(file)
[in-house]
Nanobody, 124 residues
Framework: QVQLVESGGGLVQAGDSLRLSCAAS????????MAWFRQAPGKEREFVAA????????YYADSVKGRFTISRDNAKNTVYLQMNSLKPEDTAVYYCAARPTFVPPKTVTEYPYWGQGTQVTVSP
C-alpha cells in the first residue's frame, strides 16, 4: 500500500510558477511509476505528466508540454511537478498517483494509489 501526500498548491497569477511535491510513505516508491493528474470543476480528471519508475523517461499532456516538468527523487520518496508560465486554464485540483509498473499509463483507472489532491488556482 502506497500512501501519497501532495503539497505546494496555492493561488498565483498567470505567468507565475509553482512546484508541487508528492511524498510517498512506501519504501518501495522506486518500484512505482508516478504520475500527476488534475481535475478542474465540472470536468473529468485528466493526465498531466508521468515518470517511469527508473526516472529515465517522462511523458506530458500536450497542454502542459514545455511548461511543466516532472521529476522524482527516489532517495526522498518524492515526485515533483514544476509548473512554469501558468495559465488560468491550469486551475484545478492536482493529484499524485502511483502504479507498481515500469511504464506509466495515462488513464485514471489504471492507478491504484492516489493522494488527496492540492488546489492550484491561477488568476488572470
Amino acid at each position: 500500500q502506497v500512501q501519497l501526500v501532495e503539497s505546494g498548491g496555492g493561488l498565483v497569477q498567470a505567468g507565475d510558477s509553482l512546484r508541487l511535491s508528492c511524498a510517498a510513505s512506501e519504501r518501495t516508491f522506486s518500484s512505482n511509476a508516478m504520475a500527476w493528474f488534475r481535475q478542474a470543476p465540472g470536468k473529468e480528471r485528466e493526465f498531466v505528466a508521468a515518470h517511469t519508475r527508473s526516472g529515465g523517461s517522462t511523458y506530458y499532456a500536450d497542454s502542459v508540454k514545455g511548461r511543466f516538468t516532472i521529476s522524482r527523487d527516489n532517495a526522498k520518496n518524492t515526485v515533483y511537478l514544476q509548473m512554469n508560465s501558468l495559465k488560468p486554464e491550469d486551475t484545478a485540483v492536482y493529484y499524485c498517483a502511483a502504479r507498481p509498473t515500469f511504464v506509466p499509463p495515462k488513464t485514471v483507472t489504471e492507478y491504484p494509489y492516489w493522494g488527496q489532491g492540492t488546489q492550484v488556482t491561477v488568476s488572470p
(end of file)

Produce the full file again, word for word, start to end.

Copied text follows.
[in-house]
Nanobody, 124 residues
Framework: QVQLVESGGGLVQAGDSLRLSCAAS????????MAWFRQAPGKEREFVAA????????YYADSVKGRFTISRDNAKNTVYLQMNSLKPEDTAVYYCAARPTFVPPKTVTEYPYWGQGTQVTVSP
C-alpha cells in the first residue's frame, strides 16, 4: 500500500510558477511509476505528466508540454511537478498517483494509489 501526500498548491497569477511535491510513505516508491493528474470543476480528471519508475523517461499532456516538468527523487520518496508560465486554464485540483509498473499509463483507472489532491488556482 502506497500512501501519497501532495503539497505546494496555492493561488498565483498567470505567468507565475509553482512546484508541487508528492511524498510517498512506501519504501518501495522506486518500484512505482508516478504520475500527476488534475481535475478542474465540472470536468473529468485528466493526465498531466508521468515518470517511469527508473526516472529515465517522462511523458506530458500536450497542454502542459514545455511548461511543466516532472521529476522524482527516489532517495526522498518524492515526485515533483514544476509548473512554469501558468495559465488560468491550469486551475484545478492536482493529484499524485502511483502504479507498481515500469511504464506509466495515462488513464485514471489504471492507478491504484492516489493522494488527496492540492488546489492550484491561477488568476488572470
Amino acid at each position: 500500500q502506497v500512501q501519497l501526500v501532495e503539497s505546494g498548491g496555492g493561488l498565483v497569477q498567470a505567468g507565475d510558477s509553482l512546484r508541487l511535491s508528492c511524498a510517498a510513505s512506501e519504501r518501495t516508491f522506486s518500484s512505482n511509476a508516478m504520475a500527476w493528474f488534475r481535475q478542474a470543476p465540472g470536468k473529468e480528471r485528466e493526465f498531466v505528466a508521468a515518470h517511469t519508475r527508473s526516472g529515465g523517461s517522462t511523458y506530458y499532456a500536450d497542454s502542459v508540454k514545455g511548461r511543466f516538468t516532472i521529476s522524482r527523487d527516489n532517495a526522498k520518496n518524492t515526485v515533483y511537478l514544476q509548473m512554469n508560465s501558468l495559465k488560468p486554464e491550469d486551475t484545478a485540483v492536482y493529484y499524485c498517483a502511483a502504479r507498481p509498473t515500469f511504464v506509466p499509463p495515462k488513464t485514471v483507472t489504471e492507478y491504484p494509489y492516489w493522494g488527496q489532491g492540492t488546489q492550484v488556482t491561477v488568476s488572470p